Kristin Kwan is an artist who makes illustrative paintings and drawings, living with her family and crowd of pets in Lincoln, NE. Her artwork uses elements of fantasy and allegory to explore themes of life, death, and rebirth.

“When I was growing up my family moved many times, and every new home held mysteries and secrets. I dreamed of hidden stairways that led to unknown attics, or cellars underneath that held forgotten treasures. I knew I could get there if I just kept looking. That low door is still elusive, but when I pick up my pencil or paint brush I can find it for a little while. When I paint I try to bring some of that magic country back with me.” – Kristin Kwan

Thank you for taking the time to talk with me, Kristin! Let’s start at the beginning. How and when did your artistic journey begin?

Well, I’ve always enjoyed drawing from the time I could hold a pencil, and I feel like I definitely had a natural inclination to make pictures. My parents were very encouraging and supportive, I was always provided with plenty of fresh paper and real art supplies, which I think makes a big difference to a child developing ideas about what they want to do with their life. I was also very interested in natural history at a young age, was an obsessive bird watcher, and now as an adult with my own child feel a little stunned at the tolerance my mom had with my hobby, allowing me to bring home dead birds and skin and stuff them.

I was homeschooled from 6th through 11th grade, so there was always time for weird personal projects, and I was lucky to grow up before smartphones, so days were filled with trips to the library, wandering in the woods, and drawing.

I find your figure work to be sublime; from fantasy creatures to more human figures, it’s truly moving. I very much admire the familiar and yet otherworldly sense of place evoked with your imagery. Maybe it was just a throwaway answer to a random Instagram question but I read you describe painting whatever pops in your mind and, that a bit like recurring dreams, you don’t pick them but just follow. But I’m really interested! I suppose it’s a variation on the age-old worst ever question where do you get your ideas but I’m just so enchanted with your vision that I can’t help but wonder.

Hahaha, it’s a hard question to answer, but perfectly valid! I know so many artists I admire who I’d love to ask the same thing of. I’m not really sure where ideas for paintings come from, I really do think it’s a lot like the process of dreaming, where all our experiences get run through some kind of meaning making machine and bits and pieces get picked out to include, but why and how is a mystery.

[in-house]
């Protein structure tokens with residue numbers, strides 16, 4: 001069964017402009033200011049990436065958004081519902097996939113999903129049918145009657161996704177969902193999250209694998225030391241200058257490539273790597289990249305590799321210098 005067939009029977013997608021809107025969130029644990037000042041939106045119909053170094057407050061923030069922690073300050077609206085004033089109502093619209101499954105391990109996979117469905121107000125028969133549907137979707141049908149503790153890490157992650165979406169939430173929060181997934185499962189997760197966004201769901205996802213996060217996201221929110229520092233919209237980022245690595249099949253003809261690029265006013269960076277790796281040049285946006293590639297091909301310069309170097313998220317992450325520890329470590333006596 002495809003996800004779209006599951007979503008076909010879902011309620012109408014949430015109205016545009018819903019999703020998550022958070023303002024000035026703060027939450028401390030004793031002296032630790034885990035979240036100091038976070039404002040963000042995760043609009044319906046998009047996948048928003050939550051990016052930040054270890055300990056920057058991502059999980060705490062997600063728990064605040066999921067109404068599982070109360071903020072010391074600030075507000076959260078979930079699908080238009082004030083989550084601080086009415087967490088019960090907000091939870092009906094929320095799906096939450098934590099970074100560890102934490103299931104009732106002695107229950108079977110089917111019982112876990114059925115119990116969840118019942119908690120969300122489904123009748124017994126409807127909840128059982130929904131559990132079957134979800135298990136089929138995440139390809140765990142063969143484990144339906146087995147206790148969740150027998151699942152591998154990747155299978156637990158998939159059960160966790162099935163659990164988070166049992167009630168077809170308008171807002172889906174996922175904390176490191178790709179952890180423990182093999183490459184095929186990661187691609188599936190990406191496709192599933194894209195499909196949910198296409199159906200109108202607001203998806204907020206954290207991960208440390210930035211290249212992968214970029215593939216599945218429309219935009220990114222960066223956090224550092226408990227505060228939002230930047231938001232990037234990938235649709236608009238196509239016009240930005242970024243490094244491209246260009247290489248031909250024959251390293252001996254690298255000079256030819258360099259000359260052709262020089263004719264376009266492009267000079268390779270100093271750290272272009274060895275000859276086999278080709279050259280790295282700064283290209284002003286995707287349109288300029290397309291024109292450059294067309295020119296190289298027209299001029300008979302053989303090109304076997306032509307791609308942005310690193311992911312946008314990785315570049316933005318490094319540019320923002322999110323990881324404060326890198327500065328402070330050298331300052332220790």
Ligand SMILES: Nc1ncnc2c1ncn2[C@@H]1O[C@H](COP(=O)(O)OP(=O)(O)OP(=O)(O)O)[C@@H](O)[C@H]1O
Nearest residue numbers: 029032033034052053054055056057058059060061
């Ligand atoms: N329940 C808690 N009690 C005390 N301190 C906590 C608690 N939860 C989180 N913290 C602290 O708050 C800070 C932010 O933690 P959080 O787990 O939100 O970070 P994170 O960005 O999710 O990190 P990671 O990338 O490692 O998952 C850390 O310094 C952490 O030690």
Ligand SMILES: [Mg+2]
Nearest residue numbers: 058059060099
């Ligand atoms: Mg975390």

I don’t do any kind of brainstorming or intentional work to come up with ideas, but I do try to be very intentional about making note of them when they occur. I have a small sketchbook I keep almost exclusively for that, and if I don’t have it with me and and an idea pops into my head I will text myself a note so I remember. I have found the more I make note of these ideas as they occur, the more likely I am to have more, and more often. The sketches I make initially are incredibly rudimentary, really only notes to catch the idea. Many of them don’t turn into anything, and sometimes they may sit in a sketchbook for years until the moment feels right and I make a painting from it.

Of course the ideas ultimately come from the many things I am filling my head with, and I do look at a lot of art, northern renaissance painting, pre-raphaelite art, surrealist art, and pulp science fiction cover art are some kinds I find particularly appealing. I also find a lot of inspiration in nature, my garden, and my daily walks outside.

You work primarily in oil, correct? Could you walk us through your process?

Yes! It’s my favorite thing to paint with these days, I love the ability to layer and get a lot of depth and vibrancy. I always start with a fairly detailed sketch. Sometimes if the painting is larger or more complex I might use photoshop to decide on the colors I want to use, which I’ve found incredibly helpful in making more bold choices. I print out my sketch at the size of the panel I’ll be painting on and transfer it to the panel using graphite paper layered under the printout, then spray some workable fixative on it so it doesn’t smudge off. Next I tone the panel with burnt sienna fluid acrylic and bring out light areas using white acrylic to create a very simple underpainting.

I used to do this part using oils, but found the process of toning the panel, because of covering the large surface area using solvent, to create too many fumes in the studio and it felt really unhealthy. It’s also nice to have the underpainting dry quickly and be able to start painting right away.